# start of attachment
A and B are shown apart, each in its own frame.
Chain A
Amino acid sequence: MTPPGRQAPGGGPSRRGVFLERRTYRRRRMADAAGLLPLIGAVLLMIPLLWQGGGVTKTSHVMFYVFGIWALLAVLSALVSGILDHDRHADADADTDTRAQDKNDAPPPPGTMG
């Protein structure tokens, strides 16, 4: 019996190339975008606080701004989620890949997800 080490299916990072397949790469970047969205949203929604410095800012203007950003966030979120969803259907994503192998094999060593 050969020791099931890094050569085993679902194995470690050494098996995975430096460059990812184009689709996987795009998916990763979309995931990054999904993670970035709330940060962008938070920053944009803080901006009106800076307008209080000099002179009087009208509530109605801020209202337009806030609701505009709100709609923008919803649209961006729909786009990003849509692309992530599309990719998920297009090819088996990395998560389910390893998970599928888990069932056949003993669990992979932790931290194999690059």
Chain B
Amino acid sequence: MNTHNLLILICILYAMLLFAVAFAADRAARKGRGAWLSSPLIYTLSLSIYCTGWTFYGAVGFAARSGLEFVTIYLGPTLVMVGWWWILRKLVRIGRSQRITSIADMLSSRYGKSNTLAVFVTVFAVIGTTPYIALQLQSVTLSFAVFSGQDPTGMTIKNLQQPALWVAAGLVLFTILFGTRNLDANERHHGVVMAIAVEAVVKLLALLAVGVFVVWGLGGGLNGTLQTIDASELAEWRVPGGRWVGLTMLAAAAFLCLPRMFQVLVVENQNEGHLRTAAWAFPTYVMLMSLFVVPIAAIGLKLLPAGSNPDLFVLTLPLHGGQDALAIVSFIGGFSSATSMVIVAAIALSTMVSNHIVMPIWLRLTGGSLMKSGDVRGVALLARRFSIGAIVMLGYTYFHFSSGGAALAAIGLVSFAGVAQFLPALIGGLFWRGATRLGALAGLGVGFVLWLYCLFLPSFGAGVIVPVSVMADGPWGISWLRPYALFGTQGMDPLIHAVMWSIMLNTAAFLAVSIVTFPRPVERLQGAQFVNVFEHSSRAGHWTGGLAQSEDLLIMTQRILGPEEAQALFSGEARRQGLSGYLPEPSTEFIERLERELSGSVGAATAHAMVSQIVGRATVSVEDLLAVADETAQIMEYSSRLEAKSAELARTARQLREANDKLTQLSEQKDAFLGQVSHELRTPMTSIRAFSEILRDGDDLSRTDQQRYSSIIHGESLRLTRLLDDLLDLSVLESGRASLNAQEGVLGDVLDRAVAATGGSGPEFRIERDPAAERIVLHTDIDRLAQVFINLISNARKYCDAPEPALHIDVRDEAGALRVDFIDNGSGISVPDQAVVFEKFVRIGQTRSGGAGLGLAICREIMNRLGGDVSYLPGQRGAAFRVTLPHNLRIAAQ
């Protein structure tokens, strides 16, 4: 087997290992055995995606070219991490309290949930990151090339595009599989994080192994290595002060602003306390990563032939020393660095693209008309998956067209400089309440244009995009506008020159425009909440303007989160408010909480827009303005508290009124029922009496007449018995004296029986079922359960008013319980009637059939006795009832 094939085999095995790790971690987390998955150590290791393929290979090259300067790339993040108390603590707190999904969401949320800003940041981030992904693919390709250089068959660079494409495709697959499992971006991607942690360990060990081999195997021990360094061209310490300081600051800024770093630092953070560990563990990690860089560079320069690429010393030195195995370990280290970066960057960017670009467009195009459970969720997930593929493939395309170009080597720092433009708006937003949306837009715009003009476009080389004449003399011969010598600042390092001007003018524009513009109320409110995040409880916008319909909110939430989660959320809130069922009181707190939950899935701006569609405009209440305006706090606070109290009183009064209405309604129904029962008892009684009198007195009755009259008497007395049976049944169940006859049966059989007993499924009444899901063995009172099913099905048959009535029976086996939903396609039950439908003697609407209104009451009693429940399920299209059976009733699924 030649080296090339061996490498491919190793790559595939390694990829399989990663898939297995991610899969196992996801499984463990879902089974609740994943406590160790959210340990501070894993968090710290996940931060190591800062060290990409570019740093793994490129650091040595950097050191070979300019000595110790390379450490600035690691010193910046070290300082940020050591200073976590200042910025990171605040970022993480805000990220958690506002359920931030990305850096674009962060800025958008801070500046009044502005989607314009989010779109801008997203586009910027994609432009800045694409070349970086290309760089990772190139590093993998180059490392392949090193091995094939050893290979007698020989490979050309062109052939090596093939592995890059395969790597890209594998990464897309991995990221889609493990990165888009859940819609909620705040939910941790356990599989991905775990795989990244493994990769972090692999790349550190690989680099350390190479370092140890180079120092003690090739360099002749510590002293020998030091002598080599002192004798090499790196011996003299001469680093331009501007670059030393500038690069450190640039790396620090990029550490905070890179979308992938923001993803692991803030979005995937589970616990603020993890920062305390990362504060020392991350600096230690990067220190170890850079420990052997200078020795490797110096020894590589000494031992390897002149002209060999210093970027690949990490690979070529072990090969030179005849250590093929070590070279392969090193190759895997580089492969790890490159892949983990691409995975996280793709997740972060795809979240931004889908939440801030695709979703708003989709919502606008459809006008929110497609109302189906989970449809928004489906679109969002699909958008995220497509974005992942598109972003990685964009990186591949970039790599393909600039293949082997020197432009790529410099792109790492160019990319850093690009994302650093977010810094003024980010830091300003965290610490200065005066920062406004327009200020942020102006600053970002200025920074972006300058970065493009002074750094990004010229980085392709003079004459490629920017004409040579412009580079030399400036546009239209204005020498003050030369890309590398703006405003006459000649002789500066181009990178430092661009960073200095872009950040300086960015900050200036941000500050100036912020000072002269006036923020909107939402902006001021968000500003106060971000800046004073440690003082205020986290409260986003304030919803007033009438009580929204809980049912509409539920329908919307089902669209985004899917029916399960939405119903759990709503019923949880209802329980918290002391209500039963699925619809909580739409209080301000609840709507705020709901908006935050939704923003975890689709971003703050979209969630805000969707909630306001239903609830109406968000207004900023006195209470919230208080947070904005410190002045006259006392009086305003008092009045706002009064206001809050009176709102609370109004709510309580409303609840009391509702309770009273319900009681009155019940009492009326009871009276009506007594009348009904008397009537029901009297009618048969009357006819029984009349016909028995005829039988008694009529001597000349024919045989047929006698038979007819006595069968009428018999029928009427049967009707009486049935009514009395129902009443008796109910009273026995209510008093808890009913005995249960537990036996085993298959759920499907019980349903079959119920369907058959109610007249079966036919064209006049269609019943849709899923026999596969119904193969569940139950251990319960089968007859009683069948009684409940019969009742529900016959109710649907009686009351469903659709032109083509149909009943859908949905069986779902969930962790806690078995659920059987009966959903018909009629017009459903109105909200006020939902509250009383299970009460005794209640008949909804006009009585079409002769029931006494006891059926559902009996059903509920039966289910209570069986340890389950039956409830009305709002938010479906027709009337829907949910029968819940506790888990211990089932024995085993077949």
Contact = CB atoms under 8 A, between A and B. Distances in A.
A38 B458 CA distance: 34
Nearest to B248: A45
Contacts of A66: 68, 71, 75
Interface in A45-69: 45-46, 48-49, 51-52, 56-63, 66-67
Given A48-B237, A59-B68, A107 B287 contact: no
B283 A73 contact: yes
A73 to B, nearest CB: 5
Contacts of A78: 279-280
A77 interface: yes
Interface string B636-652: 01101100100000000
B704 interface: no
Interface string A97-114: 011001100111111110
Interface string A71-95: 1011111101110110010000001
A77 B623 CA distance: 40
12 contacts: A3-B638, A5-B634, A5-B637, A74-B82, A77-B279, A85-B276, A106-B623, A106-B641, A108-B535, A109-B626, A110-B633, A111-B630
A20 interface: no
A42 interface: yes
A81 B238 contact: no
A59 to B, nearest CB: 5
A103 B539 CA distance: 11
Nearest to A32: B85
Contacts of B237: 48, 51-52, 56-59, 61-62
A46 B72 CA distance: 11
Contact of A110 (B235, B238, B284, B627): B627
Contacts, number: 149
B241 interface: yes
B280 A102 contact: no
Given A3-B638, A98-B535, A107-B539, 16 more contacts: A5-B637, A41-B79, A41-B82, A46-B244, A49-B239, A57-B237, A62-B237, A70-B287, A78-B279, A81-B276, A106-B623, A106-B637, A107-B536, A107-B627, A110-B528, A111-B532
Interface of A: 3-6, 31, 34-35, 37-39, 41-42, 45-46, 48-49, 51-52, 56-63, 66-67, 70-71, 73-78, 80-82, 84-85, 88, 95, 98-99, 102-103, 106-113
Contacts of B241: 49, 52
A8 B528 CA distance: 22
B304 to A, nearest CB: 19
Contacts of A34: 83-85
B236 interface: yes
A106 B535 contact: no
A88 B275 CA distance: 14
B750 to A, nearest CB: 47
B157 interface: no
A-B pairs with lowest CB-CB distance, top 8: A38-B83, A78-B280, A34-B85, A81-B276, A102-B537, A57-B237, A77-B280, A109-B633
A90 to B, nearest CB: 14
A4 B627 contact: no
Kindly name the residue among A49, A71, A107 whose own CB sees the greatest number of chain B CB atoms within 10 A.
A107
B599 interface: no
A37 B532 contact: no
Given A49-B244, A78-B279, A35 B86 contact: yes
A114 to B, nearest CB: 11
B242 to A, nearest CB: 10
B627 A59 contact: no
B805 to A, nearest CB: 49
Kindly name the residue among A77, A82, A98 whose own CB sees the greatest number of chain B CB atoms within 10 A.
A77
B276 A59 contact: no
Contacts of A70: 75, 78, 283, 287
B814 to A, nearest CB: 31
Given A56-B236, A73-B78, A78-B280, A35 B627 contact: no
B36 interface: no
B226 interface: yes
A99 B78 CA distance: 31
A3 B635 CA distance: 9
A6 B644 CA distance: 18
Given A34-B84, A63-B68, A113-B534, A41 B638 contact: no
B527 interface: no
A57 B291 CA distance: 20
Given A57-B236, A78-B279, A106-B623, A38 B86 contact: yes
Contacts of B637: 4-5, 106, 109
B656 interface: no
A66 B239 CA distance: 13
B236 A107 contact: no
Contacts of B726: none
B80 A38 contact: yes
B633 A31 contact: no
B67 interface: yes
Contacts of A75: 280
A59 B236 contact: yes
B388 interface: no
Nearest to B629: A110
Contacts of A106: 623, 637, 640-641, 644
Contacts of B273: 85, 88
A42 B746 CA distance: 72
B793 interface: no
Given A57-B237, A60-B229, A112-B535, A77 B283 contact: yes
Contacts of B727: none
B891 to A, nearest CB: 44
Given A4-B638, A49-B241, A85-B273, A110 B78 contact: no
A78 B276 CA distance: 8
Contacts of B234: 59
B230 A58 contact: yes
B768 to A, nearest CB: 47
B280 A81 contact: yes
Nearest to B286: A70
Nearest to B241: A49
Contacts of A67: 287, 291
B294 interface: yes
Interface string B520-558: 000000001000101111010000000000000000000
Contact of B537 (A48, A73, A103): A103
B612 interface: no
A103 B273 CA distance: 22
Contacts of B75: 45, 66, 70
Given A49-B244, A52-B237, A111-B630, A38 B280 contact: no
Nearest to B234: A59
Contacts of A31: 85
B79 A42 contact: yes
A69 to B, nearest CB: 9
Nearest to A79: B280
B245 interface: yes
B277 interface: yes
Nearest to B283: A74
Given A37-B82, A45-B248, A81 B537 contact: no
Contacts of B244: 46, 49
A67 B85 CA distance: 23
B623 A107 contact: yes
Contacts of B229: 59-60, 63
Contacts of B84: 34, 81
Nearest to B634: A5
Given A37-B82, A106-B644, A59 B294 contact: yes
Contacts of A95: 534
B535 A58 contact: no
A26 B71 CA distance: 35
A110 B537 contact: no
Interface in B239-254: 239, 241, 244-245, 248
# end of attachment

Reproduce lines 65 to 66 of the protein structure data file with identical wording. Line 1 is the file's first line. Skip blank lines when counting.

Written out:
B36 interface: no
B226 interface: yes